Furthermore, while Neko Case's vocal showcases were undeniable highlights of The New Pornographers' work, having Newman as the principal vocalist on each track lends a healthy consistency to the proceedings; I would never want her to stop singing on full band affairs, but Newman's monopoly on vocals is an integral part of albums like Get Guilty and The Slow Wonder, and is ultimately a major asset.
While New Pornographers albums are never lacking when it comes to quality melodies, Newman does some of his best work on his solo releases, and in the long run it appears that his particular brand of songwriting is more conducive to the comparatively restrained style practiced on the likes of The Slow Wonder. Newman's always had a strong facility for generating exceptional pop hooks in any context, but he may very well be at his best when he's writing for a single performer.
Get Guilty makes quite a case for that assertion, as it's filled with catchy melodies and irresistible hooks; needless to say they closely resemble the stellar tunes that one will invariably encounter on any New Pornographers release, but the more humble arrangements featured on Newman's solo work makes the material all the more potent.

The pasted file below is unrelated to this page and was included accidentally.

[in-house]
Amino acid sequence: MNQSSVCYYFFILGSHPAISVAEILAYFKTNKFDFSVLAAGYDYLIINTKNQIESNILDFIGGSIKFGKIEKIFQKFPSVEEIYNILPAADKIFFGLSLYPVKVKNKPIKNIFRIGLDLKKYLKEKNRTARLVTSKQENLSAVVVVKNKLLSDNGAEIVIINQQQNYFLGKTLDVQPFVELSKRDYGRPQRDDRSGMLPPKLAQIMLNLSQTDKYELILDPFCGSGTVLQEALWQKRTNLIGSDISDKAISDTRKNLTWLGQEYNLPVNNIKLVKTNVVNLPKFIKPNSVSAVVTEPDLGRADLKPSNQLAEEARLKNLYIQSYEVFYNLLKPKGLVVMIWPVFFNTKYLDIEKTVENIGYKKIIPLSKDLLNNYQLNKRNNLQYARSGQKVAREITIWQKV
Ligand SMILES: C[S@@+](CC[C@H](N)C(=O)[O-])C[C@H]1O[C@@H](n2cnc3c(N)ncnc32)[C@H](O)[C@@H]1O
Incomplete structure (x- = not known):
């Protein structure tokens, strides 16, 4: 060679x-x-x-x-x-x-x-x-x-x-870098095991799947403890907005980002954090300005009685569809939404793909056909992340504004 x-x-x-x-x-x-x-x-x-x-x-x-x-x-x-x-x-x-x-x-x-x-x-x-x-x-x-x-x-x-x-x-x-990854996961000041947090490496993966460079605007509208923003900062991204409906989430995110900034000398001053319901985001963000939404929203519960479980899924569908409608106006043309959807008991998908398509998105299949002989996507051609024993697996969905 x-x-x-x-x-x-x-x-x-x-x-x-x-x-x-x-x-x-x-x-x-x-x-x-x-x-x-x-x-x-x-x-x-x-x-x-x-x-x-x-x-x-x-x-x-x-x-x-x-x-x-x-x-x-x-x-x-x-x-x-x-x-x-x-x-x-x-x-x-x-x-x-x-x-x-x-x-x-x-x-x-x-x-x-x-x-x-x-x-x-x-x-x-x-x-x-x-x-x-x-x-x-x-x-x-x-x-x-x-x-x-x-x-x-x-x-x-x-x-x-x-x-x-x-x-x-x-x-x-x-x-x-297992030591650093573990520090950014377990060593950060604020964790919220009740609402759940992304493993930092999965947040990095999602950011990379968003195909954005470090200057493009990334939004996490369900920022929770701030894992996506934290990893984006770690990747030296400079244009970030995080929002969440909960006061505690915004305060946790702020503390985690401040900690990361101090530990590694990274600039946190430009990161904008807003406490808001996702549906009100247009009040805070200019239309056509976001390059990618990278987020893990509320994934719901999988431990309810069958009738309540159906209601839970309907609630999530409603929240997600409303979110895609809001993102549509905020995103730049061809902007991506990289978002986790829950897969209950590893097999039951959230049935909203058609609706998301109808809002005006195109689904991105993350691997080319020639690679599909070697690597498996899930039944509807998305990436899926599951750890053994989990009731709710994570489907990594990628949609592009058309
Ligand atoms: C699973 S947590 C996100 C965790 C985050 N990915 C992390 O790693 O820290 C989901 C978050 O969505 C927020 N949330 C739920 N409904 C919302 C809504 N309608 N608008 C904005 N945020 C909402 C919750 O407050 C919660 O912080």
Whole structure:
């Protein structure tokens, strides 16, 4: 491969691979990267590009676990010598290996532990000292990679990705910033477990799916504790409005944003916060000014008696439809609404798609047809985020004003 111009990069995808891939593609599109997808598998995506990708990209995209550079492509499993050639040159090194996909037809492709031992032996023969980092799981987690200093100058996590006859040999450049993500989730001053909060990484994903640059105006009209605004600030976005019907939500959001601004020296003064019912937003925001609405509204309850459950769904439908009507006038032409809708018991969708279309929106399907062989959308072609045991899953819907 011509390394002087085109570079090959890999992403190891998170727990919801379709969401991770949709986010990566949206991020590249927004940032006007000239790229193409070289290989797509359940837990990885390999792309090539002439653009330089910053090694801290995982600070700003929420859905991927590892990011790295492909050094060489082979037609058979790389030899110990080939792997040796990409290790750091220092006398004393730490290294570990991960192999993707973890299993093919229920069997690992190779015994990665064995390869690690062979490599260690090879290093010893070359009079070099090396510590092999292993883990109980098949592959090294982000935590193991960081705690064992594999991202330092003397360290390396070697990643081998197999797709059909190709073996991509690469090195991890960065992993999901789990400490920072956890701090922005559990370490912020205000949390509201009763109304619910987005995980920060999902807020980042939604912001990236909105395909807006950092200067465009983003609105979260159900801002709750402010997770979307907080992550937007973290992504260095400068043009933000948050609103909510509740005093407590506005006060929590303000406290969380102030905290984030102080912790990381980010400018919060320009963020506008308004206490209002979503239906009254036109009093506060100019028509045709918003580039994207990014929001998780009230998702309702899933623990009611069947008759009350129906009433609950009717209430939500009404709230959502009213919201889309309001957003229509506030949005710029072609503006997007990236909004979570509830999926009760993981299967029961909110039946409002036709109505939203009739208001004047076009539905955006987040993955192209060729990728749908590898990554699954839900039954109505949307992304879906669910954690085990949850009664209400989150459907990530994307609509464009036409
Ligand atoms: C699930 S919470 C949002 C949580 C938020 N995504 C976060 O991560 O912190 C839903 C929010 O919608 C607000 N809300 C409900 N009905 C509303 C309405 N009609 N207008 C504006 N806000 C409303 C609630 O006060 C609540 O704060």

For me, the zenith of the album arrives on track five in the form of the hyper-catchy, bouncy pop of Submarines Of Stockholm, complete with infectious sing-along verses and a charming chorus of la-la-la's that manages to evade sounding silly or childish.
This is only one of many highlights, however, as the explosive pop-rocker The Collected Works is a superb adrenaline rush, The Heartbreak Rides is pop of the highest order and All Of My Days And All Of My Days Off is a fitting (vaguely Beatle-esque) closer.
Get Guilty is an essential purchase for any fan of either The New Pornographers or A.C. Newman's solo career. While it's true that it's not especially far removed from Newman's band work, Get Guilty still manages to carve out a very real identity for itself, and ultimately it truly never could have worked as anything other than an A.C. Newman solo venture.